For the past few years, lot has been talked about storing media in “Cloud“, but sadly so not much action had been taken as such. Except a few start ups like mSpot and MP3tunes tackle the music locker idea while options like SugarSync and Dropbox lure users looking for more general file backup solutions. But they all failed to provide a concrete online media storage solution that, with CloudDrive Amazon is trying to do that.The online megastore’s (Amazon) – Cloud Drive online storage service starts with a free 5GB base plan that can be increased to 20GB, 50GB, 100GB, 200GB, 500GB, and 1,000GB, priced at $1 per gigabyte, per year (so that a 200GB plan costs $200 per year). To boost its new service (Cloud Drive), for a limited time, customers who purchase an album from Amazon MP3 store are automatically upgraded to a 20GB trial account for one year. Well this is certainly a good idea as you get plenty of options to buy MP3 from Amazon Music.
Positives Of Amazon Cloud Drive
The promise of a product like Amazon’s Cloud Drive is that you can upload all of the precious media files from all of your computers and devices (home, work, phone) to one common place, so that you’re never stranded without access to your digital media, as Amazon has already established ts name in the field of “Most Reliable Cloud Services” with its services like AmazonCompute Cloud and Amazon Elastic Cloud.
Aside from Amazon’s handy cross-platform uploader and downloader utilities and its browser-based tools for viewing, downloading, and streaming your stuff, Amazon is also throwing in a Cloud Player feature within the Amazon MP3 application for Android. Using the free app, you can stream all the music you have stored in the cloud, or download your tracks on the fly for offline playback.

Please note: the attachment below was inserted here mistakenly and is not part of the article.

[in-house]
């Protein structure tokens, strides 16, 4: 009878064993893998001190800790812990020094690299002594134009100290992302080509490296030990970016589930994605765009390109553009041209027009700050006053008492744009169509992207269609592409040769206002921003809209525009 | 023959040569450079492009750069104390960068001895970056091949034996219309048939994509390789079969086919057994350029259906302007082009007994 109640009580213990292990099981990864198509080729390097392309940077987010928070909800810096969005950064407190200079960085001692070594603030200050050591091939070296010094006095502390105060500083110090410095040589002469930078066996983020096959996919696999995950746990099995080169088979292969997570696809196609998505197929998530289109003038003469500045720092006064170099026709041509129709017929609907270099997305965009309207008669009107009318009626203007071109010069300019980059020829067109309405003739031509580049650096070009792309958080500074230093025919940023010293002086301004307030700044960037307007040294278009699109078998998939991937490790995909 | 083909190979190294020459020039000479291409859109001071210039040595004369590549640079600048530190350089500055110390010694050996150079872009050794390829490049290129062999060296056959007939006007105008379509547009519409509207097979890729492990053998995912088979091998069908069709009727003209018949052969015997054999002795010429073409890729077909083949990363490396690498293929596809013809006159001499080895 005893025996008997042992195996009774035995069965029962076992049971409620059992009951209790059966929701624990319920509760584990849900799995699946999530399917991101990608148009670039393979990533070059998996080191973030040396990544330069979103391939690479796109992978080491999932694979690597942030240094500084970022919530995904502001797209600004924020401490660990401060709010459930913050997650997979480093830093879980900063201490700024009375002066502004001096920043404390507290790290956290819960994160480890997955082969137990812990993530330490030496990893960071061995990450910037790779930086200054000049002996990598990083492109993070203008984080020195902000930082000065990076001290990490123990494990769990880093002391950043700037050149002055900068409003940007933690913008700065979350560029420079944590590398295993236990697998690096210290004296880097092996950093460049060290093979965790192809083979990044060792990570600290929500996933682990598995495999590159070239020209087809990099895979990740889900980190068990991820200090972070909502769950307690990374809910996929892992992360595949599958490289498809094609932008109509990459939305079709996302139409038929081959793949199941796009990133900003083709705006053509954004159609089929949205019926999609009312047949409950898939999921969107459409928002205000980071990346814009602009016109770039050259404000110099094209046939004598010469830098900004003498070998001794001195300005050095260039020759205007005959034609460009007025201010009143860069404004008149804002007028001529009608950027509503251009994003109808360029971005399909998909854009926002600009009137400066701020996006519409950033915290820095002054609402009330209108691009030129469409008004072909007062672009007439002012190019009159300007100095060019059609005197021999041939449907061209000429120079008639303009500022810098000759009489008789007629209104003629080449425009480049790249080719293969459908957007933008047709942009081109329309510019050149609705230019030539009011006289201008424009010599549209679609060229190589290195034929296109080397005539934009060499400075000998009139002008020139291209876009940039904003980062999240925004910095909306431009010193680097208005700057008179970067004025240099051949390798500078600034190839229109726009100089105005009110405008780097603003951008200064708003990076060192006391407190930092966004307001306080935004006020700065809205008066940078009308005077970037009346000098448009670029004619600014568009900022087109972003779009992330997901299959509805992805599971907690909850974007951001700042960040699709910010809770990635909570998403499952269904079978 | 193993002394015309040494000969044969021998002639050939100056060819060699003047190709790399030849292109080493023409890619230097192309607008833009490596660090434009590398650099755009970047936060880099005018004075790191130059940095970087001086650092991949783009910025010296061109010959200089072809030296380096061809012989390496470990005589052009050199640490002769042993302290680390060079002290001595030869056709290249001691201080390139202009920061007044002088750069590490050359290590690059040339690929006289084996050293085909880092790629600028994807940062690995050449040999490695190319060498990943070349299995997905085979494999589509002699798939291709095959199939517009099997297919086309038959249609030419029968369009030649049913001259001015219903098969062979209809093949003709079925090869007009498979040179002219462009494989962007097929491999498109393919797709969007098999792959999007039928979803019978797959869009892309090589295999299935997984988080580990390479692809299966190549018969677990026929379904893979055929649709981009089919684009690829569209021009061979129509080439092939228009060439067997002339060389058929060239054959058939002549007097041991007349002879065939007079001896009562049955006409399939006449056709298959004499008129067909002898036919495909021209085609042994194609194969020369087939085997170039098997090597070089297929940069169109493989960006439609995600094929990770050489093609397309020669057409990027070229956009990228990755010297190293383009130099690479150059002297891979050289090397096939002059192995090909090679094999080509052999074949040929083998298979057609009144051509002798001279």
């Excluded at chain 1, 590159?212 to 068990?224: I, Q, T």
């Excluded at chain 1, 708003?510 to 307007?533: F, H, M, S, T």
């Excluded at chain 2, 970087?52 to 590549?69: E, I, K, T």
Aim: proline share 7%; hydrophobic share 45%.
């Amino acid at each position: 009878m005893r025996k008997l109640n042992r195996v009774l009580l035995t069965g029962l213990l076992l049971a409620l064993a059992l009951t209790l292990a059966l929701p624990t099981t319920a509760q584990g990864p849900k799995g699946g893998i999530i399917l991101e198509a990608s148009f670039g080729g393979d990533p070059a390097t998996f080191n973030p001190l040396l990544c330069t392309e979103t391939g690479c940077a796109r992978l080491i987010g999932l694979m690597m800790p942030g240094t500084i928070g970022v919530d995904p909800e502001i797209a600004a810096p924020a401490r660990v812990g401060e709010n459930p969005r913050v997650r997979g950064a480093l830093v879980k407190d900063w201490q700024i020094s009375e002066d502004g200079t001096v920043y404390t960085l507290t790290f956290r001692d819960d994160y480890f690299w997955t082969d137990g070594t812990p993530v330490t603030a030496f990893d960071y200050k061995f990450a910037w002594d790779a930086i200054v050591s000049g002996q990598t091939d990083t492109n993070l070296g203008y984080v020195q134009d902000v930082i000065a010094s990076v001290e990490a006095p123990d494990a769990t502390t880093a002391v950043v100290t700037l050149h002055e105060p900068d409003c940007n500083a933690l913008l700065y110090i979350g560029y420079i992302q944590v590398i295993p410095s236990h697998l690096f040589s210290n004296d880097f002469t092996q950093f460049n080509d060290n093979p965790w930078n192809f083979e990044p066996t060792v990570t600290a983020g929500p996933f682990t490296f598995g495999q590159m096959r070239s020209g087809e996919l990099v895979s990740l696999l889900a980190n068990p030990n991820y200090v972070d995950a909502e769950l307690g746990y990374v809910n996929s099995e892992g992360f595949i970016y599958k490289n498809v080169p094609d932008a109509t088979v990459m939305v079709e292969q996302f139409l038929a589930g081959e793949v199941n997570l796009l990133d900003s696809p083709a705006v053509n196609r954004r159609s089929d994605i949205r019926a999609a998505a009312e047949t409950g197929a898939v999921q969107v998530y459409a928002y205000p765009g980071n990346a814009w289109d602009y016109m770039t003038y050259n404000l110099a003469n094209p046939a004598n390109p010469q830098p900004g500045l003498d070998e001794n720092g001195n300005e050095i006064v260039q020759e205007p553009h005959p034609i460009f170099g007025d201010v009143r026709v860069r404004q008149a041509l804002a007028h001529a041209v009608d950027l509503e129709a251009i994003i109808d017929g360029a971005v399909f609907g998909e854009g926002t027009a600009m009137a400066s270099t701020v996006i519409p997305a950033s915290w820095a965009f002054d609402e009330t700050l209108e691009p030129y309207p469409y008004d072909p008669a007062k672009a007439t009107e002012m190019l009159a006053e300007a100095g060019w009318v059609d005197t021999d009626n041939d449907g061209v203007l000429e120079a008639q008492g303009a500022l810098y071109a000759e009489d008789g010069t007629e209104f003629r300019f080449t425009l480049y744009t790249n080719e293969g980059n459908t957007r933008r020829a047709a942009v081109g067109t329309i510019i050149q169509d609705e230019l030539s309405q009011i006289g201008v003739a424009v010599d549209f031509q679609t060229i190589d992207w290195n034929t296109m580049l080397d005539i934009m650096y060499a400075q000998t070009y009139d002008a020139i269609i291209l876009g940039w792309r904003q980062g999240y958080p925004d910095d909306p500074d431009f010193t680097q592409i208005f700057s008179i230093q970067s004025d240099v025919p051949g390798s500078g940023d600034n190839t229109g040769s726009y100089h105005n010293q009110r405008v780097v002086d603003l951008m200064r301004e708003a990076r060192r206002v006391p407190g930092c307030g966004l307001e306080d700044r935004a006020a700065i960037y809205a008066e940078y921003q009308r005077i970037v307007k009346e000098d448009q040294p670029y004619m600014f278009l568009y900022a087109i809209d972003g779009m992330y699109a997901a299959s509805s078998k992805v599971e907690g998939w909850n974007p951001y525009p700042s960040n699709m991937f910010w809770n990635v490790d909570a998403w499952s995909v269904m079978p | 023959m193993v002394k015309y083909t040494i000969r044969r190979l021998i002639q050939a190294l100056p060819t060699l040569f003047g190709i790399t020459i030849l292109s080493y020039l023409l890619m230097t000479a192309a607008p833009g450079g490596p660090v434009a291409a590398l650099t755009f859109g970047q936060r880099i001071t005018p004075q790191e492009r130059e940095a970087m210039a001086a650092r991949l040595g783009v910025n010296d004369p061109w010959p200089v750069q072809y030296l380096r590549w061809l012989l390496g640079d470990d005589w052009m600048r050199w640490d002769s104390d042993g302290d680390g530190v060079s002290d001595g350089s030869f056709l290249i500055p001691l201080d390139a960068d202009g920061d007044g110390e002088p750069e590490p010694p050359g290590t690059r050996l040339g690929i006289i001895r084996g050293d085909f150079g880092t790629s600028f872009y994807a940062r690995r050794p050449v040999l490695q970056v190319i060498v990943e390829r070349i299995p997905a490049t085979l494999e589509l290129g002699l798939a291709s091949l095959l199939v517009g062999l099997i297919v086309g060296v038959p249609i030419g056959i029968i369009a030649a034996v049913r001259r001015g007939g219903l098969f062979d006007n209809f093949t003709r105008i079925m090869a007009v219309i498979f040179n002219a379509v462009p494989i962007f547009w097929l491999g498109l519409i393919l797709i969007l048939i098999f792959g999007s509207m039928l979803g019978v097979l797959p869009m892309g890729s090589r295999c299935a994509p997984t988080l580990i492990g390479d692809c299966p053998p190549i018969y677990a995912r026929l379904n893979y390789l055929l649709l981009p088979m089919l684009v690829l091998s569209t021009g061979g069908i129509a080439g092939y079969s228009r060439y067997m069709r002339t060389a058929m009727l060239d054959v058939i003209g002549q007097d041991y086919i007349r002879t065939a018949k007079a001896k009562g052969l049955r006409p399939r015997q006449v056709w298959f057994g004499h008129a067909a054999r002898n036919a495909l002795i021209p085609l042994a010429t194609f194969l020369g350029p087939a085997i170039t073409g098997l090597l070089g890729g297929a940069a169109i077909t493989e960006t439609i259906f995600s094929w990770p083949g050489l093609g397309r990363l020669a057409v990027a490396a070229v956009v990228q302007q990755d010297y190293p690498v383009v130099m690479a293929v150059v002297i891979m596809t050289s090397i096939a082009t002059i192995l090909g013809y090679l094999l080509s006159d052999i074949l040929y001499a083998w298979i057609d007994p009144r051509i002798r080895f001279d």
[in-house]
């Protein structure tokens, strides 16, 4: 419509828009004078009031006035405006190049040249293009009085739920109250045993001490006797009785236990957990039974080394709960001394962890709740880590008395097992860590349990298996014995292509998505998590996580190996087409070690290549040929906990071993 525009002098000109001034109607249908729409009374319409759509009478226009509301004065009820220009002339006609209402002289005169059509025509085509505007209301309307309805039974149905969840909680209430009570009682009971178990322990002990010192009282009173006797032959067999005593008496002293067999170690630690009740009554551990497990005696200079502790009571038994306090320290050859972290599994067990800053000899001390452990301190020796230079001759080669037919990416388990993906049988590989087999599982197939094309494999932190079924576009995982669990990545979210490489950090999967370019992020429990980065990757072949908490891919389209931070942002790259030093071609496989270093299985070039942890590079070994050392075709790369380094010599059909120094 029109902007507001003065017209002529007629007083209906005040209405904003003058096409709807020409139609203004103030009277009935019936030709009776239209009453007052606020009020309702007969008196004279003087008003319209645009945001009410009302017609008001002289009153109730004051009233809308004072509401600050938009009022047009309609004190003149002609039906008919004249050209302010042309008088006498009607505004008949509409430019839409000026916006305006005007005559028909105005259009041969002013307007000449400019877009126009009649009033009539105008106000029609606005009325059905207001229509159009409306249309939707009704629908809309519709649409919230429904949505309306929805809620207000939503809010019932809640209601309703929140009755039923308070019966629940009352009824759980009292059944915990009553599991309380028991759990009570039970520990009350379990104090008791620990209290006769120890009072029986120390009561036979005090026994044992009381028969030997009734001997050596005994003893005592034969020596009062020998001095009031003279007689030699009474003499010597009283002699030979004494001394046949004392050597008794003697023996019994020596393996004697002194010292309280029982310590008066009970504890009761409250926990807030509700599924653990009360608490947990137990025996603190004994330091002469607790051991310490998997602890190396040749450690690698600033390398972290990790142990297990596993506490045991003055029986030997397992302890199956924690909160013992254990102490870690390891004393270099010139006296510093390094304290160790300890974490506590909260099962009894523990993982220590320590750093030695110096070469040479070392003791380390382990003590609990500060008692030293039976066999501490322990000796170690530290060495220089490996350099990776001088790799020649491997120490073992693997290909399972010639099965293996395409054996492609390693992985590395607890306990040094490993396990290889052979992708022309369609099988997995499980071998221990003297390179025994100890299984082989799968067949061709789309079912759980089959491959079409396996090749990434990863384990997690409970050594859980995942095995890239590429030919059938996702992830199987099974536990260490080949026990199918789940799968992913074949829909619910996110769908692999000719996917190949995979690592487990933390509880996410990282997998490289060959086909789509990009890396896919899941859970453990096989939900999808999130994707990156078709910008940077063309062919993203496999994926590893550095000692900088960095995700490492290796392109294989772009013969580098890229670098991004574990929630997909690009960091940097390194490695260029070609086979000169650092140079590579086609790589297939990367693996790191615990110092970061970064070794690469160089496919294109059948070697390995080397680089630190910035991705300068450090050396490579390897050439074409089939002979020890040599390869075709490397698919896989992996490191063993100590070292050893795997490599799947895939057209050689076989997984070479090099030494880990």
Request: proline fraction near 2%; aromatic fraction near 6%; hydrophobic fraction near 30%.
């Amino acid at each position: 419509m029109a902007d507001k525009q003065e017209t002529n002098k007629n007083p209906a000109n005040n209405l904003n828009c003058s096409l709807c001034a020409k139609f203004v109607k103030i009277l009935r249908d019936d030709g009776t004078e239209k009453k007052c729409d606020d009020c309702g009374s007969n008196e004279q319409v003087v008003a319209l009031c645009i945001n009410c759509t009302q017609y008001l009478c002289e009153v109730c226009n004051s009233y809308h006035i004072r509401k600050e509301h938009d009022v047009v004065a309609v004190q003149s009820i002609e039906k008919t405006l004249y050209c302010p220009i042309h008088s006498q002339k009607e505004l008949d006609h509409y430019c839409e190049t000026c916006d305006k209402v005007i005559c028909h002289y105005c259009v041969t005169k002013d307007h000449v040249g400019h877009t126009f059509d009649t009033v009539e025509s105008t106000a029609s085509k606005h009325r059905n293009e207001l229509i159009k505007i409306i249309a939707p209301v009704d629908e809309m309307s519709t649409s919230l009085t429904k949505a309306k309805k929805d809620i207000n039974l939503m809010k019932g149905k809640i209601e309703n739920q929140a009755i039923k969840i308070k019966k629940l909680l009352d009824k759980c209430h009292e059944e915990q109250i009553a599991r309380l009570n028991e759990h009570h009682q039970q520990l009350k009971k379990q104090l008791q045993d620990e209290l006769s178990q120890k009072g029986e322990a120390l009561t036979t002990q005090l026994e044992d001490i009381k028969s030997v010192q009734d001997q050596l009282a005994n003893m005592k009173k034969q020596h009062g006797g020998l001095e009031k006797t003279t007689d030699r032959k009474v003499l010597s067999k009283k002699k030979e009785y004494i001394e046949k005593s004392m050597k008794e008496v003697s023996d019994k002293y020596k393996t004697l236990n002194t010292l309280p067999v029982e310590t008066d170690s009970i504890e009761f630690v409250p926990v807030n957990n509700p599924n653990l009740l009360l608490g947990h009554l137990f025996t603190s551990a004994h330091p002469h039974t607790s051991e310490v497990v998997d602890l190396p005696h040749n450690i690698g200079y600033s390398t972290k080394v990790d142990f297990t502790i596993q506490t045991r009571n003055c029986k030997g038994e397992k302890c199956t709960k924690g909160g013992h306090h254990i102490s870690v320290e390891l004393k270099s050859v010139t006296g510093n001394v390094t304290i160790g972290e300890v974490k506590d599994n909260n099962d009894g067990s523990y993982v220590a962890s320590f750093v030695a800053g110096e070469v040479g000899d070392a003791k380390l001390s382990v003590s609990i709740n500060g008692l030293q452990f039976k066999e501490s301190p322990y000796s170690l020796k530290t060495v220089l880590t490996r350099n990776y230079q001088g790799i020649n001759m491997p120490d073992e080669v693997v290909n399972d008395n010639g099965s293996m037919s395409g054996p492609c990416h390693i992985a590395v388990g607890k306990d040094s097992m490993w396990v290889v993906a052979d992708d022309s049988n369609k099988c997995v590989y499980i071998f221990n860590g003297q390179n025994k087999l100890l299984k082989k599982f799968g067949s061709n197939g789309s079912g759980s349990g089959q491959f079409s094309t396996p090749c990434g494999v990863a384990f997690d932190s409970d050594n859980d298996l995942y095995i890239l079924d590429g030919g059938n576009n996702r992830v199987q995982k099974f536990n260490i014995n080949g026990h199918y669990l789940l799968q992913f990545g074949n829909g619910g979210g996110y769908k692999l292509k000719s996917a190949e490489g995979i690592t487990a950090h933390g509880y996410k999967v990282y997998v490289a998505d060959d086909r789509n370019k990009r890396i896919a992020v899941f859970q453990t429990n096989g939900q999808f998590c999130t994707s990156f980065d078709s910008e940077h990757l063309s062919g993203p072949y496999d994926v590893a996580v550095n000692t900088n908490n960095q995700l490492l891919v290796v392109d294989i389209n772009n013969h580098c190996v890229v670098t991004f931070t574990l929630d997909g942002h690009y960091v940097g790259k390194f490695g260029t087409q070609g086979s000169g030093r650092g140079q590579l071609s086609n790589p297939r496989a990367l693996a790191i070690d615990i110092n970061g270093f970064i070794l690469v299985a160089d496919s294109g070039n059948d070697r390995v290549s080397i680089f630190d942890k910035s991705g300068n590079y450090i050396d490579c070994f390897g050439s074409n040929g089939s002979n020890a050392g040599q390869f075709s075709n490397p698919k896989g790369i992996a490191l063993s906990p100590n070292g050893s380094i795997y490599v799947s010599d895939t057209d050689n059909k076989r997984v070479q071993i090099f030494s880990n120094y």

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Negatives Of Amazon Cloud Drive
As a music storage and management package, Amazon’s Cloud Drive and Cloud Playercombination is easy to use and easy to recommend. There are some holes in the music service, such as limited format support (strictly unprotected MP3 and AAC), the somewhat dry user interface, a reliance on the Adobe Air platform, and the lack of an iOS app. If and when Apple comes out with something similar, it will likely run within iTunes, dovetail with iOS devices such as the iPhone, iPad, and iPod Touch, and support Apple’s lossless audio format.
The biggest disappointment is how Amazon handles storage of non-music files. There are dozens of services out there that are more adept at intelligently archiving and organizing photos, documents, and videos. The uptime reliability of Amazon’s servers is nice, and the plan pricing is competitive, but services such as SugarSync and Dropbox are better tools when it comes to routinely backing up critical files and folders.
For music fans, Amazon’s Cloud Drive and Cloud Player get an undisputed thumbs-up from us. But if what you want to do is automatically back up files other than your music collection, there are better products and services for that out there.